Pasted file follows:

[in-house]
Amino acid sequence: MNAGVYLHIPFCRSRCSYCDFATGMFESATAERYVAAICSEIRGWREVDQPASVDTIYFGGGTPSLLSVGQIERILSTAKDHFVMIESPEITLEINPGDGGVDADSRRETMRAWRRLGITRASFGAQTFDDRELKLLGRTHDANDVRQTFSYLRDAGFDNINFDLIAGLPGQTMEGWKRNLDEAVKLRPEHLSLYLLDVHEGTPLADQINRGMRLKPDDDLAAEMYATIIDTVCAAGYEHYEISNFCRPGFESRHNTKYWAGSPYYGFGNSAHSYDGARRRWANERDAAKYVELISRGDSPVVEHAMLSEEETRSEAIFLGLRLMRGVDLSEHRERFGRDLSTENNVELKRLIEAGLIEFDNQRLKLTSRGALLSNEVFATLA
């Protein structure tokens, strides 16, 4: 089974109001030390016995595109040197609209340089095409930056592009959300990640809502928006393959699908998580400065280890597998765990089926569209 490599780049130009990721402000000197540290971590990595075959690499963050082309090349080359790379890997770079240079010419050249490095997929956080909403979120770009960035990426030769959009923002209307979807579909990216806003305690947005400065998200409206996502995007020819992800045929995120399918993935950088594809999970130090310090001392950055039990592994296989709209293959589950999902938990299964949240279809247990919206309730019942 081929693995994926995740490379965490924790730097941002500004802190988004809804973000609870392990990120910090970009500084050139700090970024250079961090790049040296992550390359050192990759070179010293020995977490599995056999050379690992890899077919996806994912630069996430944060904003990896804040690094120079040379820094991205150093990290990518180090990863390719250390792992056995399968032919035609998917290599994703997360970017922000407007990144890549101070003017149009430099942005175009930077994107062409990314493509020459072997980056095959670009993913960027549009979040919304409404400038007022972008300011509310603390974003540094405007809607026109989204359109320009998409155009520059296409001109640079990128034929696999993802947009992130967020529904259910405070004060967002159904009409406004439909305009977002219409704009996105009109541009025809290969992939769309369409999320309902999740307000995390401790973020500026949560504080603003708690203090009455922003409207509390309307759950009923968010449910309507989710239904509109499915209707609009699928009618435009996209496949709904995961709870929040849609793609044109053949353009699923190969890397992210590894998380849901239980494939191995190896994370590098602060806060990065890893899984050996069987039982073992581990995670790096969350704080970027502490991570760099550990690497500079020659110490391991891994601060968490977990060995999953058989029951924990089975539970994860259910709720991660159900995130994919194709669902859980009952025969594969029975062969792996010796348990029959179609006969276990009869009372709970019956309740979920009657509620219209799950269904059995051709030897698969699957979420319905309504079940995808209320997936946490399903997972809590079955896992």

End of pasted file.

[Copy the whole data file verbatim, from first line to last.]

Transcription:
[in-house]
Amino acid sequence: MNAGVYLHIPFCRSRCSYCDFATGMFESATAERYVAAICSEIRGWREVDQPASVDTIYFGGGTPSLLSVGQIERILSTAKDHFVMIESPEITLEINPGDGGVDADSRRETMRAWRRLGITRASFGAQTFDDRELKLLGRTHDANDVRQTFSYLRDAGFDNINFDLIAGLPGQTMEGWKRNLDEAVKLRPEHLSLYLLDVHEGTPLADQINRGMRLKPDDDLAAEMYATIIDTVCAAGYEHYEISNFCRPGFESRHNTKYWAGSPYYGFGNSAHSYDGARRRWANERDAAKYVELISRGDSPVVEHAMLSEEETRSEAIFLGLRLMRGVDLSEHRERFGRDLSTENNVELKRLIEAGLIEFDNQRLKLTSRGALLSNEVFATLA
């Protein structure tokens, strides 16, 4: 089974109001030390016995595109040197609209340089095409930056592009959300990640809502928006393959699908998580400065280890597998765990089926569209 490599780049130009990721402000000197540290971590990595075959690499963050082309090349080359790379890997770079240079010419050249490095997929956080909403979120770009960035990426030769959009923002209307979807579909990216806003305690947005400065998200409206996502995007020819992800045929995120399918993935950088594809999970130090310090001392950055039990592994296989709209293959589950999902938990299964949240279809247990919206309730019942 081929693995994926995740490379965490924790730097941002500004802190988004809804973000609870392990990120910090970009500084050139700090970024250079961090790049040296992550390359050192990759070179010293020995977490599995056999050379690992890899077919996806994912630069996430944060904003990896804040690094120079040379820094991205150093990290990518180090990863390719250390792992056995399968032919035609998917290599994703997360970017922000407007990144890549101070003017149009430099942005175009930077994107062409990314493509020459072997980056095959670009993913960027549009979040919304409404400038007022972008300011509310603390974003540094405007809607026109989204359109320009998409155009520059296409001109640079990128034929696999993802947009992130967020529904259910405070004060967002159904009409406004439909305009977002219409704009996105009109541009025809290969992939769309369409999320309902999740307000995390401790973020500026949560504080603003708690203090009455922003409207509390309307759950009923968010449910309507989710239904509109499915209707609009699928009618435009996209496949709904995961709870929040849609793609044109053949353009699923190969890397992210590894998380849901239980494939191995190896994370590098602060806060990065890893899984050996069987039982073992581990995670790096969350704080970027502490991570760099550990690497500079020659110490391991891994601060968490977990060995999953058989029951924990089975539970994860259910709720991660159900995130994919194709669902859980009952025969594969029975062969792996010796348990029959179609006969276990009869009372709970019956309740979920009657509620219209799950269904059995051709030897698969699957979420319905309504079940995808209320997936946490399903997972809590079955896992």